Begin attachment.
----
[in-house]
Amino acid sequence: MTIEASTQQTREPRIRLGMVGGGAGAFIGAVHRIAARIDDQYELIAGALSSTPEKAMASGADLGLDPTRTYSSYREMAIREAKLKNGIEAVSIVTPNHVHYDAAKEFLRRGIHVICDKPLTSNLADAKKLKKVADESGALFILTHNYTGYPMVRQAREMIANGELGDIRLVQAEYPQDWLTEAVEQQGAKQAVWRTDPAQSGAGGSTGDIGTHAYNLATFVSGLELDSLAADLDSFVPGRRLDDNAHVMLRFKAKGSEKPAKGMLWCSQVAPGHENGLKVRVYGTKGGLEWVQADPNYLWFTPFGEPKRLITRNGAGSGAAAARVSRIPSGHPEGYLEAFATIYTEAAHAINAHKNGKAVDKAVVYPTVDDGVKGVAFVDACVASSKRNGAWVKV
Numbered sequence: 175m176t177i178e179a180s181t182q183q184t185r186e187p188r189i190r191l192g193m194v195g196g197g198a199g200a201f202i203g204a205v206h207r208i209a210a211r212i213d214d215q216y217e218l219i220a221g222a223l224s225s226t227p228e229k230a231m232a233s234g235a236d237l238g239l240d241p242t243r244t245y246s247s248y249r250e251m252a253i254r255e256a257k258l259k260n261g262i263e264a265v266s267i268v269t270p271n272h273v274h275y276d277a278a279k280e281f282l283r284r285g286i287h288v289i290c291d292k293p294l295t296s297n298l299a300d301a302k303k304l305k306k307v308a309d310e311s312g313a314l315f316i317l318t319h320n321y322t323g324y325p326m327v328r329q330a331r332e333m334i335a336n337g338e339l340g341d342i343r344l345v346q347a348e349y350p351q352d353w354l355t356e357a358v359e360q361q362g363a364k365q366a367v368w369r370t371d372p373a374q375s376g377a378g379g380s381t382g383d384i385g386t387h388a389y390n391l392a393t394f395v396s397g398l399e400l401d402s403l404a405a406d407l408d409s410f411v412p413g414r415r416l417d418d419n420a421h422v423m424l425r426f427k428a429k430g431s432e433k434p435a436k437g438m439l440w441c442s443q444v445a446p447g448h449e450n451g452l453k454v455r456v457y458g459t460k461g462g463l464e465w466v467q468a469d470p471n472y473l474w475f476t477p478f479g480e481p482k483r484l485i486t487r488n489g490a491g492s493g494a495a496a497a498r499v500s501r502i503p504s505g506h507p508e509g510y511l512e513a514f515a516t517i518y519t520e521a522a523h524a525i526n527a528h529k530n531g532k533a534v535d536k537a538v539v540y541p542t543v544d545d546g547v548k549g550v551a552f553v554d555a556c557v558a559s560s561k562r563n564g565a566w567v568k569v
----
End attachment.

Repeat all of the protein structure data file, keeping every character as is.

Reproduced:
[in-house]
Amino acid sequence: MTIEASTQQTREPRIRLGMVGGGAGAFIGAVHRIAARIDDQYELIAGALSSTPEKAMASGADLGLDPTRTYSSYREMAIREAKLKNGIEAVSIVTPNHVHYDAAKEFLRRGIHVICDKPLTSNLADAKKLKKVADESGALFILTHNYTGYPMVRQAREMIANGELGDIRLVQAEYPQDWLTEAVEQQGAKQAVWRTDPAQSGAGGSTGDIGTHAYNLATFVSGLELDSLAADLDSFVPGRRLDDNAHVMLRFKAKGSEKPAKGMLWCSQVAPGHENGLKVRVYGTKGGLEWVQADPNYLWFTPFGEPKRLITRNGAGSGAAAARVSRIPSGHPEGYLEAFATIYTEAAHAINAHKNGKAVDKAVVYPTVDDGVKGVAFVDACVASSKRNGAWVKV
Numbered sequence: 175m176t177i178e179a180s181t182q183q184t185r186e187p188r189i190r191l192g193m194v195g196g197g198a199g200a201f202i203g204a205v206h207r208i209a210a211r212i213d214d215q216y217e218l219i220a221g222a223l224s225s226t227p228e229k230a231m232a233s234g235a236d237l238g239l240d241p242t243r244t245y246s247s248y249r250e251m252a253i254r255e256a257k258l259k260n261g262i263e264a265v266s267i268v269t270p271n272h273v274h275y276d277a278a279k280e281f282l283r284r285g286i287h288v289i290c291d292k293p294l295t296s297n298l299a300d301a302k303k304l305k306k307v308a309d310e311s312g313a314l315f316i317l318t319h320n321y322t323g324y325p326m327v328r329q330a331r332e333m334i335a336n337g338e339l340g341d342i343r344l345v346q347a348e349y350p351q352d353w354l355t356e357a358v359e360q361q362g363a364k365q366a367v368w369r370t371d372p373a374q375s376g377a378g379g380s381t382g383d384i385g386t387h388a389y390n391l392a393t394f395v396s397g398l399e400l401d402s403l404a405a406d407l408d409s410f411v412p413g414r415r416l417d418d419n420a421h422v423m424l425r426f427k428a429k430g431s432e433k434p435a436k437g438m439l440w441c442s443q444v445a446p447g448h449e450n451g452l453k454v455r456v457y458g459t460k461g462g463l464e465w466v467q468a469d470p471n472y473l474w475f476t477p478f479g480e481p482k483r484l485i486t487r488n489g490a491g492s493g494a495a496a497a498r499v500s501r502i503p504s505g506h507p508e509g510y511l512e513a514f515a516t517i518y519t520e521a522a523h524a525i526n527a528h529k530n531g532k533a534v535d536k537a538v539v540y541p542t543v544d545d546g547v548k549g550v551a552f553v554d555a556c557v558a559s560s561k562r563n564g565a566w567v568k569v